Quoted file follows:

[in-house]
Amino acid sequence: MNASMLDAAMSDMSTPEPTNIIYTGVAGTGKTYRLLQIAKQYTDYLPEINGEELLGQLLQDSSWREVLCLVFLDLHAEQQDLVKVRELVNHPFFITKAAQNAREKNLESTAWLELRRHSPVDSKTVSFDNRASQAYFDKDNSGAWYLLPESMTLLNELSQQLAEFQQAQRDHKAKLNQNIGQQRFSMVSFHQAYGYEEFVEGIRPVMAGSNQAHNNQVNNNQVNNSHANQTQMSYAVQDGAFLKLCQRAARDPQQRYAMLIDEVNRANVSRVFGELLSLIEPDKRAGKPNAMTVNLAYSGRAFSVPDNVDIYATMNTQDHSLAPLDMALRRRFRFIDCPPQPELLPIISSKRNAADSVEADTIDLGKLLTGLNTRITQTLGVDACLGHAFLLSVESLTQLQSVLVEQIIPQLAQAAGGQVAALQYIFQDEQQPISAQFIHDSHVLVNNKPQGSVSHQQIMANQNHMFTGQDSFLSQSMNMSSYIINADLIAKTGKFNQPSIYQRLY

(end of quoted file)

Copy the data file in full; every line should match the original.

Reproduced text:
[in-house]
Amino acid sequence: MNASMLDAAMSDMSTPEPTNIIYTGVAGTGKTYRLLQIAKQYTDYLPEINGEELLGQLLQDSSWREVLCLVFLDLHAEQQDLVKVRELVNHPFFITKAAQNAREKNLESTAWLELRRHSPVDSKTVSFDNRASQAYFDKDNSGAWYLLPESMTLLNELSQQLAEFQQAQRDHKAKLNQNIGQQRFSMVSFHQAYGYEEFVEGIRPVMAGSNQAHNNQVNNNQVNNSHANQTQMSYAVQDGAFLKLCQRAARDPQQRYAMLIDEVNRANVSRVFGELLSLIEPDKRAGKPNAMTVNLAYSGRAFSVPDNVDIYATMNTQDHSLAPLDMALRRRFRFIDCPPQPELLPIISSKRNAADSVEADTIDLGKLLTGLNTRITQTLGVDACLGHAFLLSVESLTQLQSVLVEQIIPQLAQAAGGQVAALQYIFQDEQQPISAQFIHDSHVLVNNKPQGSVSHQQIMANQNHMFTGQDSFLSQSMNMSSYIINADLIAKTGKFNQPSIYQRLY